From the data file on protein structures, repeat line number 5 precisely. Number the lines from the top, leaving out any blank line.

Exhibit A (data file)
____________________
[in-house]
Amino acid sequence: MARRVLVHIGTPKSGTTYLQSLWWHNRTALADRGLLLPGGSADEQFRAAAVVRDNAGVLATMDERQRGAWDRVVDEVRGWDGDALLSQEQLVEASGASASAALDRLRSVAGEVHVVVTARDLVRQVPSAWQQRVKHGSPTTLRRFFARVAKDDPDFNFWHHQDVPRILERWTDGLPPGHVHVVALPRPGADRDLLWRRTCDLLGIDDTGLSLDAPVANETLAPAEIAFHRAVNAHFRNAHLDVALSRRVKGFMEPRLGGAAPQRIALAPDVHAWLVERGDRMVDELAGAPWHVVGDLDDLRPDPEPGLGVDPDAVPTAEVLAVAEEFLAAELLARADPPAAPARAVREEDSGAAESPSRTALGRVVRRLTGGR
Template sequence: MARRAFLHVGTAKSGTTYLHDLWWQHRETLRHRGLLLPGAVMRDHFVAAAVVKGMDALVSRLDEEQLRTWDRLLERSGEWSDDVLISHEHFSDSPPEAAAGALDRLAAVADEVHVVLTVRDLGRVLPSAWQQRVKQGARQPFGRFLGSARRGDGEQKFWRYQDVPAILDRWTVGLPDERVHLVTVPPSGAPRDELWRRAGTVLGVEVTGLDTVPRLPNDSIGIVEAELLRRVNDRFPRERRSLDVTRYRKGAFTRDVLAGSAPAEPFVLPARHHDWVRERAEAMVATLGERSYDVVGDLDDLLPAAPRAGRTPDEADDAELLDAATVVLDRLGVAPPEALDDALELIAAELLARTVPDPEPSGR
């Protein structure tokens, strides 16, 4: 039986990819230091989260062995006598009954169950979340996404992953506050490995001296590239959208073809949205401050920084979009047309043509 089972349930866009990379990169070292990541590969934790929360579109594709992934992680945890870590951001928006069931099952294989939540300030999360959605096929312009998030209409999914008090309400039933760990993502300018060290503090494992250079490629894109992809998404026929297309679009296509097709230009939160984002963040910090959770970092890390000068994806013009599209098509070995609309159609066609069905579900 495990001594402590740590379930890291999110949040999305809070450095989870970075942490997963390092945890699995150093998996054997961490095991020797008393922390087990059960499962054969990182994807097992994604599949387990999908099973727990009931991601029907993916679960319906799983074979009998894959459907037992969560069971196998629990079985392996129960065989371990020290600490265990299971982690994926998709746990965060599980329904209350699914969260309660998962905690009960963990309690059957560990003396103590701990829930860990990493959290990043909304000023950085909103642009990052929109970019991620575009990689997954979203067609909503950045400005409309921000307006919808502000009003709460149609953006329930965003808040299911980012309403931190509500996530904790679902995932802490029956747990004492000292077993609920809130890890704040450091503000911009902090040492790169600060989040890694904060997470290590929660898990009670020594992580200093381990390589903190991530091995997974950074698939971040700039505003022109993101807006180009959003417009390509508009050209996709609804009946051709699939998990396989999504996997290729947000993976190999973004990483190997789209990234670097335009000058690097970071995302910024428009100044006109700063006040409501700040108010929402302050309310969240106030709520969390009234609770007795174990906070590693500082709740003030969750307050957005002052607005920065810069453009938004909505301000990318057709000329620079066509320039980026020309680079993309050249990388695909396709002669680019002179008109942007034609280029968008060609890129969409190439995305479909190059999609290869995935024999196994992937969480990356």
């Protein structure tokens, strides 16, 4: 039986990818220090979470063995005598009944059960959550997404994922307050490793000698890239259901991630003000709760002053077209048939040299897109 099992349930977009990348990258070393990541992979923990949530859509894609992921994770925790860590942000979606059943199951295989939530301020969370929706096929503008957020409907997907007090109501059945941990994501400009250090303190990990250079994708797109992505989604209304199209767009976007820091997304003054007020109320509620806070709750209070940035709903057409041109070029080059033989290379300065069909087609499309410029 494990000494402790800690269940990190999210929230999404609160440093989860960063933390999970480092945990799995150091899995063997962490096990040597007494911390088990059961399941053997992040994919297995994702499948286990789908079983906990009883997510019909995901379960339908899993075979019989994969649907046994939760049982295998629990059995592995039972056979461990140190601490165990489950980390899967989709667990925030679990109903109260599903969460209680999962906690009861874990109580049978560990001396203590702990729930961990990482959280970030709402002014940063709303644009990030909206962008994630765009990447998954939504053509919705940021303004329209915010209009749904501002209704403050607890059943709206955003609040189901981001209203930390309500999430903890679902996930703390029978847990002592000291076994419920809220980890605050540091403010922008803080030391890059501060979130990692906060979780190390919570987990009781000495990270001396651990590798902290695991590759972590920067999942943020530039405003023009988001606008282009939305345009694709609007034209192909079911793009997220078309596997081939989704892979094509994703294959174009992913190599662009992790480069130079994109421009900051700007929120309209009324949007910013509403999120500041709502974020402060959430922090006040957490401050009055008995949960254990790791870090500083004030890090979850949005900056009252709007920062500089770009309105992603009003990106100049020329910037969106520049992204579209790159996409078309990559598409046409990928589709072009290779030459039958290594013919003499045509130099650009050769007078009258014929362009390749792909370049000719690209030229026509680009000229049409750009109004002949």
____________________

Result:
């Protein structure tokens, strides 16, 4: 039986990818220090979470063995005598009944059960959550997404994922307050490793000698890239259901991630003000709760002053077209048939040299897109 099992349930977009990348990258070393990541992979923990949530859509894609992921994770925790860590942000979606059943199951295989939530301020969370929706096929503008957020409907997907007090109501059945941990994501400009250090303190990990250079994708797109992505989604209304199209767009976007820091997304003054007020109320509620806070709750209070940035709903057409041109070029080059033989290379300065069909087609499309410029 494990000494402790800690269940990190999210929230999404609160440093989860960063933390999970480092945990799995150091899995063997962490096990040597007494911390088990059961399941053997992040994919297995994702499948286990789908079983906990009883997510019909995901379960339908899993075979019989994969649907046994939760049982295998629990059995592995039972056979461990140190601490165990489950980390899967989709667990925030679990109903109260599903969460209680999962906690009861874990109580049978560990001396203590702990729930961990990482959280970030709402002014940063709303644009990030909206962008994630765009990447998954939504053509919705940021303004329209915010209009749904501002209704403050607890059943709206955003609040189901981001209203930390309500999430903890679902996930703390029978847990002592000291076994419920809220980890605050540091403010922008803080030391890059501060979130990692906060979780190390919570987990009781000495990270001396651990590798902290695991590759972590920067999942943020530039405003023009988001606008282009939305345009694709609007034209192909079911793009997220078309596997081939989704892979094509994703294959174009992913190599662009992790480069130079994109421009900051700007929120309209009324949007910013509403999120500041709502974020402060959430922090006040957490401050009055008995949960254990790791870090500083004030890090979850949005900056009252709007920062500089770009309105992603009003990106100049020329910037969106520049992204579209790159996409078309990559598409046409990928589709072009290779030459039958290594013919003499045509130099650009050769007078009258014929362009390749792909370049000719690209030229026509680009000229049409750009109004002949």